Pho: my kind of drug

Some people snort coke. Some run. I eat pho.

My obsession started almost exactly 20 years ago, when I was introduced to this most profound soup. It was innocuous enough: A woman I’d started dating invited me to her favorite restaurant for dinner. Initially, I was off-put by the simplicity of it. It’s just soup I asserted.

“It’s addictive–I love it–you should give it a try.” she replied.

I reluctantly agree. We roll up to Than Brothers Aurora (the origin of the local chain). It’s a hole-in-the-wall, easily missed along a busy thoroughfare. We walk in, and the aromas envelop me like a perfumed sauna. I’ve never been to a place like this and am not sure if I’ll like it. I have no idea what most of the menu’s items are.

Only one dish is served here: Pho, a light Vietnamese soup typically made with slow-cooked beef and its broth, thin rice noodles, served with additional fresh herbs and vegetables. Ingredients for the broth as well as additions to the soup can vary. It’s not like any of the European beef soups of my youth. It has almost none of those ingredients. After debating the merits of the 22 permutations–like tripe and soft tendon–I arrive at a Medium #1 (Pho Bo Tai) with extra noodles, as my choice.

Whatever that is.

Within what seems like seconds, giant steaming bowls arrive, balanced precipitously on each other by the very skilled owner, a former colonel in the Vietnamese army.

A beautiful thing: Medium #1, extra noodle

It’s a submerged mountain of noodles–much like Hawaii–in a sea of rich, complex beef broth, surrounded by an archipelago of cilantro, scallion, and onion–topped by tender, rare, impossibly thin slices of top sirloin steak. I add a generous dollop of house-made sambal, a sauce made of oil and chilis, until a delicious crimson slick forms. What was once an arrangement of gorgeous raw slices of beef is now delicately cooked, blended seamlessly with the addition of torn Thai basil and lime, supplied as an accoutrement. I find that’s standard at pho joints.

Additional sides of bean sprouts and jalapeno slices are added by my date. Not me. I am supremely satisfied with my concoction. The ratio of meat to noodles is perfect. The broth is fiery. And, it’s now finally cool enough to eat.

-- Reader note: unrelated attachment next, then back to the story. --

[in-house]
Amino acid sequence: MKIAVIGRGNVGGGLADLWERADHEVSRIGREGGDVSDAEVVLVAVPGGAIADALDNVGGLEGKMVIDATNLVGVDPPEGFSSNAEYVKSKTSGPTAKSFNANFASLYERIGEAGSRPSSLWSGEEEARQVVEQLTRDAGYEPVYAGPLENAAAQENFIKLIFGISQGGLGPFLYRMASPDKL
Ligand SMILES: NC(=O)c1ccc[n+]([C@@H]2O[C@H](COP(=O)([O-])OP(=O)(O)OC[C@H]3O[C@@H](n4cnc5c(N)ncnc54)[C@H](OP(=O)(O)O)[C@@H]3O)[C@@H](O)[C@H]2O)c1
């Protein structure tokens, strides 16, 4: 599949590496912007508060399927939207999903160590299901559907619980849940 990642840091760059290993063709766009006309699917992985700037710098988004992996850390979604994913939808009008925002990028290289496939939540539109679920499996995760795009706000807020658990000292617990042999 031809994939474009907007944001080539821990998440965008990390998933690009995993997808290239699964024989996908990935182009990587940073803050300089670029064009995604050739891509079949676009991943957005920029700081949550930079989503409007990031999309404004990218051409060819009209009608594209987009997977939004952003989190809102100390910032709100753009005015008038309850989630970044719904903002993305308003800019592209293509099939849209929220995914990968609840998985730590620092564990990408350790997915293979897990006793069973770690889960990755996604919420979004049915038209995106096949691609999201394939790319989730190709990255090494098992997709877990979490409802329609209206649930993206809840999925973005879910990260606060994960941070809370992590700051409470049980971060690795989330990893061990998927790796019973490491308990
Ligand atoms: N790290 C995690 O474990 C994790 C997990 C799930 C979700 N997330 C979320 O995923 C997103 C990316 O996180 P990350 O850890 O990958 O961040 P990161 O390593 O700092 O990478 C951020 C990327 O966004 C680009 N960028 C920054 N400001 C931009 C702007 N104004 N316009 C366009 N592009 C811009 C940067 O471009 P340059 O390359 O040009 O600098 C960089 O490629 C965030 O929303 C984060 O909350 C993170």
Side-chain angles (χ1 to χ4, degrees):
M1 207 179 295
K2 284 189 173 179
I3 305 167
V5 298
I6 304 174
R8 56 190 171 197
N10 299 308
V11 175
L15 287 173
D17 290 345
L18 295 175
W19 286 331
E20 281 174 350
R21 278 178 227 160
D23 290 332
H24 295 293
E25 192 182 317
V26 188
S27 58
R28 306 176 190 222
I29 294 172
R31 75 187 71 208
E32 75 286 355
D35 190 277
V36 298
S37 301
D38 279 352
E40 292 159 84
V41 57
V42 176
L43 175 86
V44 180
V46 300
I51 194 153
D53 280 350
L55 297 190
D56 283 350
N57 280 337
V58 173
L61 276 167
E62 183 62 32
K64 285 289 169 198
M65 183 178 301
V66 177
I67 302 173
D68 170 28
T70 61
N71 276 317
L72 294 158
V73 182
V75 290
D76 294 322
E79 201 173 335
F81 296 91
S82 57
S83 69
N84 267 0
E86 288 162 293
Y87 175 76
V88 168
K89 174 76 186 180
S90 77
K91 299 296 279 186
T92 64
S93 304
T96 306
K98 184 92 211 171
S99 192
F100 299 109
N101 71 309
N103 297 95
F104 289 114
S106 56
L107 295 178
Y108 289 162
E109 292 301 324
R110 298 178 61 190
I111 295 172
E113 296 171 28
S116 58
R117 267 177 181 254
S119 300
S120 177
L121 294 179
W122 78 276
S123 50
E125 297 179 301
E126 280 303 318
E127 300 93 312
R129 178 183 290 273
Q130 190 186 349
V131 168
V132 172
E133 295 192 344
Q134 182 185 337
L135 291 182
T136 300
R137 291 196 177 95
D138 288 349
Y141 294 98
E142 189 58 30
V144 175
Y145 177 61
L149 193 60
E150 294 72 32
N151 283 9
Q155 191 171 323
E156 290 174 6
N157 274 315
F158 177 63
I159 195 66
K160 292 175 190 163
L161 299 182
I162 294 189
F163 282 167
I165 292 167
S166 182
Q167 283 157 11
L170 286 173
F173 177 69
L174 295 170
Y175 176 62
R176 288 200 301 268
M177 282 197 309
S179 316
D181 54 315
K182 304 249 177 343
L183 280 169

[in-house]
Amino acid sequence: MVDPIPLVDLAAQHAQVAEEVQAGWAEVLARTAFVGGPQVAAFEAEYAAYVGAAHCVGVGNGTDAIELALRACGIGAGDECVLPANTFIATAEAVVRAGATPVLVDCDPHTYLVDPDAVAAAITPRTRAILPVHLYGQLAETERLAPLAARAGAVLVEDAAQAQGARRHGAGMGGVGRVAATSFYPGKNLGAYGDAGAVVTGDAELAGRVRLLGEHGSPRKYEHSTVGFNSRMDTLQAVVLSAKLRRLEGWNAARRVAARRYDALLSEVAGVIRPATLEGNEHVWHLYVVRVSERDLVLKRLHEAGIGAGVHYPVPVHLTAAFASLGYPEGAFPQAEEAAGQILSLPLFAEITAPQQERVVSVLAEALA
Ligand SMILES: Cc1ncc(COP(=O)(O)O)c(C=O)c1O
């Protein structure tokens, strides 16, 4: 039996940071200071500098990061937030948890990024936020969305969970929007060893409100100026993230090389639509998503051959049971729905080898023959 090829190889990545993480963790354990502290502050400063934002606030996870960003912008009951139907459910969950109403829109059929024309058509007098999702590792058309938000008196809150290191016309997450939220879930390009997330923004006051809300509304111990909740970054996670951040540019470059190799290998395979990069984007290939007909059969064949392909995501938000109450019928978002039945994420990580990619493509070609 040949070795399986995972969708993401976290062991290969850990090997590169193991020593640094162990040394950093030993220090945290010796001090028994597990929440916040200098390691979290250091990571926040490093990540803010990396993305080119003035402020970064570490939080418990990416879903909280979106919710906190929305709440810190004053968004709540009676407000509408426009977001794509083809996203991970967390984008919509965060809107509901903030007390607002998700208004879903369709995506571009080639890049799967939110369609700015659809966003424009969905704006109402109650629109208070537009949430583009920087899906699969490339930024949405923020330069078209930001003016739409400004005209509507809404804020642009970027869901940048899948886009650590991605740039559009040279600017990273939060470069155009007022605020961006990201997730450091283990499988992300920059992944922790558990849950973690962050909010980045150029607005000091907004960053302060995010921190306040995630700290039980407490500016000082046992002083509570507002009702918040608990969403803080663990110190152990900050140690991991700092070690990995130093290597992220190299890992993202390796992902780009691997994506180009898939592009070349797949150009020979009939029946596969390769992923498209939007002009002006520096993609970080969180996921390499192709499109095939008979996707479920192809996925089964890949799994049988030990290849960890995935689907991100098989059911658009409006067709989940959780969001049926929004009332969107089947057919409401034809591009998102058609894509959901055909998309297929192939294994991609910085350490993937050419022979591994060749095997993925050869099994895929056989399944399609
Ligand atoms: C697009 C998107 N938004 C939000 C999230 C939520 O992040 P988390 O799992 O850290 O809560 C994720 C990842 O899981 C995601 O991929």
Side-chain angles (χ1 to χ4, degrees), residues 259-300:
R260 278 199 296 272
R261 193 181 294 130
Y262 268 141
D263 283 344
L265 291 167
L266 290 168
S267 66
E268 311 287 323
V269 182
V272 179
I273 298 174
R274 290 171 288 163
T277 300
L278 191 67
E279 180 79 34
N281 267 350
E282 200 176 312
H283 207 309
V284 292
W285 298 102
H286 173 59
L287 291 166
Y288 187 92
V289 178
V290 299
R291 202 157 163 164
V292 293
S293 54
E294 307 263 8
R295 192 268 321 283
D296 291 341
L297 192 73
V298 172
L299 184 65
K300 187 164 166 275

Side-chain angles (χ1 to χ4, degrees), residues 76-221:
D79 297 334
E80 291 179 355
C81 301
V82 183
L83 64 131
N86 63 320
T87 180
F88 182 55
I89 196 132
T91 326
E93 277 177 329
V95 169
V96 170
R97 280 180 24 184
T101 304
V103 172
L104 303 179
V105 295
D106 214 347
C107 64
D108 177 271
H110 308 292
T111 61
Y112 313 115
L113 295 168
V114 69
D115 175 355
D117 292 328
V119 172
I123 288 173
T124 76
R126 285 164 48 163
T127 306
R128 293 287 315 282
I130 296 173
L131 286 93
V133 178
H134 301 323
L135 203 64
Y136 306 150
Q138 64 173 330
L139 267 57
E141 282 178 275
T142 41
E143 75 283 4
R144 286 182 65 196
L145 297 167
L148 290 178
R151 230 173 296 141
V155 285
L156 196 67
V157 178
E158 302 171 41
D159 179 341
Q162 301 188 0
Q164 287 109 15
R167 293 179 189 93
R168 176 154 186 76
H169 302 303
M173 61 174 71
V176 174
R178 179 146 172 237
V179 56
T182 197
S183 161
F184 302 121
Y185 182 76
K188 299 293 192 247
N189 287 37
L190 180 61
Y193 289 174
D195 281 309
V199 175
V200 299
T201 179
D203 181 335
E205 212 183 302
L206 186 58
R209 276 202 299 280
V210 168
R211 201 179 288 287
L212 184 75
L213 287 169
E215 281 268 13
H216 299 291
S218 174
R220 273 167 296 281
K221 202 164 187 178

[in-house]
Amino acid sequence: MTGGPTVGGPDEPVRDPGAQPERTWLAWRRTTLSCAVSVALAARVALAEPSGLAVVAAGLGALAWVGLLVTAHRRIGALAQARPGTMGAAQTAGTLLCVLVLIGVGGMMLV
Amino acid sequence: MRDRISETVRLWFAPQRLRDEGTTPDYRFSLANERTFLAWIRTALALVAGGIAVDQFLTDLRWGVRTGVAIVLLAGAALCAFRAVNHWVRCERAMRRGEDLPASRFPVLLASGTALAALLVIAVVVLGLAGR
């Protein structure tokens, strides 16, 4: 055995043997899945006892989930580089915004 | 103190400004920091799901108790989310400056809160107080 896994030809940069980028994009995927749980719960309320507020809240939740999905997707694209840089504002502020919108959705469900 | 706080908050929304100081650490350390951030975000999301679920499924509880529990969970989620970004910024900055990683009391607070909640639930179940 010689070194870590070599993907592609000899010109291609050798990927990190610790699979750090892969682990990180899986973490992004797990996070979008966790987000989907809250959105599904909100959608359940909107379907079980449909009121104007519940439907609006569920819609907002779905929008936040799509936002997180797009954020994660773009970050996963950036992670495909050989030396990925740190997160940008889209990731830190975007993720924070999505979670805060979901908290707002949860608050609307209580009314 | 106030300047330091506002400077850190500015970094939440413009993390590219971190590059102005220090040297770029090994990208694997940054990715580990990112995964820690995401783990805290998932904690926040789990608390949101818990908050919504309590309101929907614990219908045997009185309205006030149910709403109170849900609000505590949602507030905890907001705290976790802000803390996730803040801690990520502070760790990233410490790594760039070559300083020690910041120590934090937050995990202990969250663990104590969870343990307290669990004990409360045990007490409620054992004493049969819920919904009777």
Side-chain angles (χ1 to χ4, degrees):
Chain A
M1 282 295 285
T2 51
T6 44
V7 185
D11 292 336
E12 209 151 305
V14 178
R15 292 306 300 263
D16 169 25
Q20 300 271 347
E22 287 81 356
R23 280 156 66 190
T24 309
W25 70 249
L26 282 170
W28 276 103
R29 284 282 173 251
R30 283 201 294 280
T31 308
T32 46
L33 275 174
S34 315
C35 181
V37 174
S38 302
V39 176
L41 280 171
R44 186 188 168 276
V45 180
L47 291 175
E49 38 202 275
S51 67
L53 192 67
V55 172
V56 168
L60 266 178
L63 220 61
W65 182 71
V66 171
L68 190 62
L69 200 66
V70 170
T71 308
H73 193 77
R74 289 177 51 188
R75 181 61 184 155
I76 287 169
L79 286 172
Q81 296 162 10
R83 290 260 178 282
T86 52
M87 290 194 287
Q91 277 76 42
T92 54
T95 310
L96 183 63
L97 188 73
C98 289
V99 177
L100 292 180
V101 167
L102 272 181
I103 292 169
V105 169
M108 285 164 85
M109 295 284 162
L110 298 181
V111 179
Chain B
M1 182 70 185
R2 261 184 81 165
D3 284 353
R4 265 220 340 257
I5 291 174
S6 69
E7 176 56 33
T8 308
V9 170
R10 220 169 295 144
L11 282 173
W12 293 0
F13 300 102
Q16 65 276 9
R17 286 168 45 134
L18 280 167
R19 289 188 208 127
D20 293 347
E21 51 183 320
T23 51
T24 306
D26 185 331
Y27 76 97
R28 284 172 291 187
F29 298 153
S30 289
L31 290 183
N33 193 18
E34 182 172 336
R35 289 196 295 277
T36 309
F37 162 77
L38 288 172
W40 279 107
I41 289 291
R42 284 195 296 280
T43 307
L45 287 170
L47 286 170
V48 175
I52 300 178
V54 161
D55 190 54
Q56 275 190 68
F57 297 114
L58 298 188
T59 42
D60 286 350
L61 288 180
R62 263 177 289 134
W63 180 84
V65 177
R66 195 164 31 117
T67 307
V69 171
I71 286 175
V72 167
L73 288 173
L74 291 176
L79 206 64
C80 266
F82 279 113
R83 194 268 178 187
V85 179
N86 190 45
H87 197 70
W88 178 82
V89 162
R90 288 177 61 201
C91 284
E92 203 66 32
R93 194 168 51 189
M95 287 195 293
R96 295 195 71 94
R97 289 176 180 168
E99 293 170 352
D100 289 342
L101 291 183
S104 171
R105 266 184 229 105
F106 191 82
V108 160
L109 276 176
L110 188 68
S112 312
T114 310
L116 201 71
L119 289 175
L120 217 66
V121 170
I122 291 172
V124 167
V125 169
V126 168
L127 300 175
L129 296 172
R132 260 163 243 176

Color, texture, flavor, heat
Housemade sambal, cock sauce, and hoisin
Extra noodles for extra pleasure
That’s spicy

I slurp a mouthful of noodles, beef, onions, and cilantro. Then a spoonful of the liquid crack. Sambal’s chilis kick in, and my nose starts to sweat. The combination of flavors and textures is surprising. Not bad at all, actually. In fact, it’s pretty damn good. And it’s cheap.

In the days afterward, I catch myself thinking about that soup again. And again.

A month later, I’m back. And, I’ve been back ever since. I thought they closed due to a remodel last year. I was devastated until finding they merely re-opened in a larger space a few feet north. Whew. I wouldn’t know what to do without my beloved pho from Than Brothers–my ‘hookup’.

Fixed up, again: an empty bowl

In 20 years of sucking down bowls of the superlative elixir, I rarely deviate from the Medium #1, and I don’t frequent other pho joints. But it’s more serious than that: I’ve been to this place more than all other dining experiences I’ve ever had–combined. And I enjoy eating out.

But it’s not really eating out. It’s getting my fix. It’s spicy. It’s crunchy. It’s brothy. It burns. And I can’t stop. Like staring down that last chocolate in the box. It’s gonna happen.

Pho. It’s my kind of drug.

I’ve found each Than Brothers restaurant to be slightly different and unique, though the original along Aurora is still my fav. Go get your fix. It’s a happy habit to have.
All images and content copyright ©2017 Eric Schadel. All rights reserved.

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